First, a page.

Another Lawsuit Accuses Sony Of Overcharging PlayStation Customers For Games

The lawsuit calls out the PS5 Digital Edition and its exclusive support for the PlayStation Store.

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A second lawsuit has been filed against Sony regarding digital game sales on PS4 and PS5, alleging that PlayStation customers have been overcharged by "billions" of dollars because of policies that prevent retailers from selling digital game codes on their own. It's a policy that has only been in place for about two years and differs from that of Microsoft with Xbox, where retailers are free to sell digital code cards.

The lawsuit Cendejas v. Sony Interactive Entertainment was filed in the United States District Court for the Northern District of California and follows a separate suit, Cacccuri v. Sony Interactive Entertainment, which is essentially arguing the same thing.

Before April 1, 2019, PlayStation Store digital games could be purchased at retailers via code cards, letting the retailers set prices and put them on sale. That is no longer an option, leading to Microsoft's digital game store sometimes getting better prices than what Sony's gets. Microsoft still allows retailers to sell code cards for Xbox systems.

The Cendejas case also specifically calls out the PlayStation 5 Digital Edition. While the standard PS5 supports discs, and thus gives players the chance to shop around for the physical versions of many games, the Digital Edition only supports the PlayStation Store.

"Consumers, limited to a single source for purchasing any digital PlayStation content, are forced to pay a higher price for digital PlayStation games than they would in a free and unrestrained competitive retail market," the suit says.

You're limited to just one store to buy games on the PS5 Digital Editiion
You're limited to just one store to buy games on the PS5 Digital Editiion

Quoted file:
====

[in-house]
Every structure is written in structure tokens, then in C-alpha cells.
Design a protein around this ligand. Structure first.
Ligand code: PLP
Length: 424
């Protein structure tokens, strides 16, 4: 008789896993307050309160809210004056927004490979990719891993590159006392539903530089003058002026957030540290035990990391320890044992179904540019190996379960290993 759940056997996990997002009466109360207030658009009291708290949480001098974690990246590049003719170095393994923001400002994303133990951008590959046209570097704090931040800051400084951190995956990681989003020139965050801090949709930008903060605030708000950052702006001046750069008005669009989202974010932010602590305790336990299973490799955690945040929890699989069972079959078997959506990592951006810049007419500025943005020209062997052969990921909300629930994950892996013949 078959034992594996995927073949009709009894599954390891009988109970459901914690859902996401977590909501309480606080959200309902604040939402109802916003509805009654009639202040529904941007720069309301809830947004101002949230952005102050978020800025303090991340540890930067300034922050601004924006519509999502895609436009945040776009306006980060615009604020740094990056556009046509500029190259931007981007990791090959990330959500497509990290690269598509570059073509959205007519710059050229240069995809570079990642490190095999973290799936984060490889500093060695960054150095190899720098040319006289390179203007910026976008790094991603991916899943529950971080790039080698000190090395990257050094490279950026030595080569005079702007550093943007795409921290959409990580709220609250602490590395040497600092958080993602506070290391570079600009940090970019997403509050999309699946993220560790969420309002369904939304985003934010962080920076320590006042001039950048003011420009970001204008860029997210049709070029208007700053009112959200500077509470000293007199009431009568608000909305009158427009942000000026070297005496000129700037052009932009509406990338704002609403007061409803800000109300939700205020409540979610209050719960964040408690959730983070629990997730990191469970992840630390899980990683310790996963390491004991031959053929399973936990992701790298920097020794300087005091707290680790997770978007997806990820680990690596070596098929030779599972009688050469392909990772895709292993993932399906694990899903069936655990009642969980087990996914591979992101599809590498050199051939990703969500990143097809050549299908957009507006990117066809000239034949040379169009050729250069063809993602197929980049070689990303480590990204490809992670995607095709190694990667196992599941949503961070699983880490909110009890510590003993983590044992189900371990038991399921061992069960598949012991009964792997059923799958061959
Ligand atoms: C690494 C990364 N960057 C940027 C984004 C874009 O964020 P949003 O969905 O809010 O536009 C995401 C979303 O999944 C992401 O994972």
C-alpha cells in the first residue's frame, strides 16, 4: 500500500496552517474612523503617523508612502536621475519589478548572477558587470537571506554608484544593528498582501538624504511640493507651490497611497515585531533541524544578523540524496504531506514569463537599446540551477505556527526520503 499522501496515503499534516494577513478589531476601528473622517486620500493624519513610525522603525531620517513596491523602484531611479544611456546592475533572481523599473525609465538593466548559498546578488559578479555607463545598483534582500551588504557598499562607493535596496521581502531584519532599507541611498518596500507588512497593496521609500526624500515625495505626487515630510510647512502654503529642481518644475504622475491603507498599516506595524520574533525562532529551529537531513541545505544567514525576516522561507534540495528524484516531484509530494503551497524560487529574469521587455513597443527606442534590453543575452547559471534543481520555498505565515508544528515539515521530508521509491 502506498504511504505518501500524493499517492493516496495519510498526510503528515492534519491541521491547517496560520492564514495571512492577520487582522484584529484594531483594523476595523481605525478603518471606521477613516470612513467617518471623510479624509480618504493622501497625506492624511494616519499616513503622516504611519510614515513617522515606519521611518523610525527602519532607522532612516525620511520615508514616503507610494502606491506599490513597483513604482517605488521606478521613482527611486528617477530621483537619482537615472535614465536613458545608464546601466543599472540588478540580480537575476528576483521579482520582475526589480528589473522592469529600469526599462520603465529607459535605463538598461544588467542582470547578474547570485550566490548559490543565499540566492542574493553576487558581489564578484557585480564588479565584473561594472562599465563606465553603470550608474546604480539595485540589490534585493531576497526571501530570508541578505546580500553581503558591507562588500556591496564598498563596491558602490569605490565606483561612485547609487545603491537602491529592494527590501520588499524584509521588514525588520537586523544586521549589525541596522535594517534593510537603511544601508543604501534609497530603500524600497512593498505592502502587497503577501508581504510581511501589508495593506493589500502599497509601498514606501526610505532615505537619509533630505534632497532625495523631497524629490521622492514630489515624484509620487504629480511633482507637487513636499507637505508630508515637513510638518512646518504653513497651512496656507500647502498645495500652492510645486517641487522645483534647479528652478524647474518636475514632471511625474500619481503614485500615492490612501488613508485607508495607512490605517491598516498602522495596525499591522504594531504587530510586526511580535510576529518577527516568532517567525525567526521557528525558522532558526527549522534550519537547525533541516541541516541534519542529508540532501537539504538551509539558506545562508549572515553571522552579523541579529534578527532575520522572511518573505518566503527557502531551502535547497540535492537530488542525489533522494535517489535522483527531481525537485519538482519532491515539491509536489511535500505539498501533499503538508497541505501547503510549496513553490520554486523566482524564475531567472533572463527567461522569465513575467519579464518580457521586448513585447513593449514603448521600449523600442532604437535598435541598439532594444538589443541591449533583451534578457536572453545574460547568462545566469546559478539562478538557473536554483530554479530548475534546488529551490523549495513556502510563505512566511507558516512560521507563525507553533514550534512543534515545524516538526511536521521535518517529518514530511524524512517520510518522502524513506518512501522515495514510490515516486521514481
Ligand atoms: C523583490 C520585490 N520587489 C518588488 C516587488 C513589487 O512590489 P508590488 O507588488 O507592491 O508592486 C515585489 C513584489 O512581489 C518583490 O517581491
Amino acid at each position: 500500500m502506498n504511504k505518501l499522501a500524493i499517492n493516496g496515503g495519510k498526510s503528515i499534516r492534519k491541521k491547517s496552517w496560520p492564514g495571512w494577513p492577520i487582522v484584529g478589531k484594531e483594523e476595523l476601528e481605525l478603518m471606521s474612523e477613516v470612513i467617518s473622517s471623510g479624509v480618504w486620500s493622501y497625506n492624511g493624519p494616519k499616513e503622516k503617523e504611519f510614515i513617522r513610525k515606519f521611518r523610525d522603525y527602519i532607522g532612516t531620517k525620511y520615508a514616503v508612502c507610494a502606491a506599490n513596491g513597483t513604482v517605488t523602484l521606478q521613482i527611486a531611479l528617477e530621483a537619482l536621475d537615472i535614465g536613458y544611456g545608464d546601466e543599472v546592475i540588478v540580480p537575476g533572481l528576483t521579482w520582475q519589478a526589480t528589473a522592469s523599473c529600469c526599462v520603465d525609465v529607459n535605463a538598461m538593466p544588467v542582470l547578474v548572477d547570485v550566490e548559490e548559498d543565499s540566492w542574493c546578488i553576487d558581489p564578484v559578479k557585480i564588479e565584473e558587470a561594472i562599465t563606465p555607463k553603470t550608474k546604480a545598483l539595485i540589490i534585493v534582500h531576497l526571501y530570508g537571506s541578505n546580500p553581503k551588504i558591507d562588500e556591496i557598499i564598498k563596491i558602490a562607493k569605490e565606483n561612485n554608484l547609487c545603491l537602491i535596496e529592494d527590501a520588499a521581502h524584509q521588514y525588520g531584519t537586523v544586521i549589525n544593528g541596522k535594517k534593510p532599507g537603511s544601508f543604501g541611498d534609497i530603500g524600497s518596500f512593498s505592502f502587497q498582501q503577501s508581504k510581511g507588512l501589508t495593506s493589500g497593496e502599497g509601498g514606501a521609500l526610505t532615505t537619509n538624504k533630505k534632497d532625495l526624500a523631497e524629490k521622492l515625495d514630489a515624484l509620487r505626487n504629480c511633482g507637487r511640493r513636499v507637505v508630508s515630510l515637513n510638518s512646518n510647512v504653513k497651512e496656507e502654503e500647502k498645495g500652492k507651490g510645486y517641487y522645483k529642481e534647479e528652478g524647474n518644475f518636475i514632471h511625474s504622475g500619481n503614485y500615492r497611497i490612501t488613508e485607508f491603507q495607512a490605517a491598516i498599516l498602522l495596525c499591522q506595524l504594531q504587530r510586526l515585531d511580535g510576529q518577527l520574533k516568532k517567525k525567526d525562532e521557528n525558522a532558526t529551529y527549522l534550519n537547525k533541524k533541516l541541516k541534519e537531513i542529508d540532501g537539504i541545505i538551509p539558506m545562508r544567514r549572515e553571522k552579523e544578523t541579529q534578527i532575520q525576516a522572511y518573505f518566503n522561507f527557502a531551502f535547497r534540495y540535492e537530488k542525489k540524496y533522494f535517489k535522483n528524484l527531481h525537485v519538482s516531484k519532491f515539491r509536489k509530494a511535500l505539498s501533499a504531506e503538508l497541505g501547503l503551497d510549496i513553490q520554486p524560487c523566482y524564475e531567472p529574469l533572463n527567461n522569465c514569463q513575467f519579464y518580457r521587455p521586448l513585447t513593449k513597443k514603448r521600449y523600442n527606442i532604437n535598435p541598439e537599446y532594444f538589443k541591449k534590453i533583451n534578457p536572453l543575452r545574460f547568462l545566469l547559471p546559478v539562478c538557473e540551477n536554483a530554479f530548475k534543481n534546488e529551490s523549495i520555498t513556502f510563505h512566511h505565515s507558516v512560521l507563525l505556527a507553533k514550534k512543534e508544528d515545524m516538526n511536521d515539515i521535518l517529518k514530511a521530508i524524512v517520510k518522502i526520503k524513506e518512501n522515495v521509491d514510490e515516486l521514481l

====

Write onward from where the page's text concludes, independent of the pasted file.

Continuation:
According to attorney Richard Hoeg, we'll likely see similar cases like this lumped into one to be heard by a court. There probably won't be a whole bunch of different lawsuits arguing the same case against Sony, especially since there doesn't appear to be much difference between them.

"You'll only get multiple lawsuits if there is some element of a complaint/proposed class that is materially different from other claims," Hoeg told GameSpot. "In general, though, you'll just be looking at one case."

It's likely we'll see similar lawsuits filed before too long, as Hoeg said attorneys make money when they're chosen to be the counsel for a class in a class-action lawsuit.

"Because of that, there is often a 'race to the courthouse' of overlapping proposed lead plaintiffs, in an effort for a plaintiff's class-action firm to get that position," he added.

Sony's decision has made it impossible for certain retailers to offer console parity on their digital game sales. Newegg, for instance, has run $10 off deals on digital Xbox versions of a few different games lately, including Resident Evil Village and Biomutant. Without a way to sell game codes, retailers can't offer the same savings to PlayStation users.

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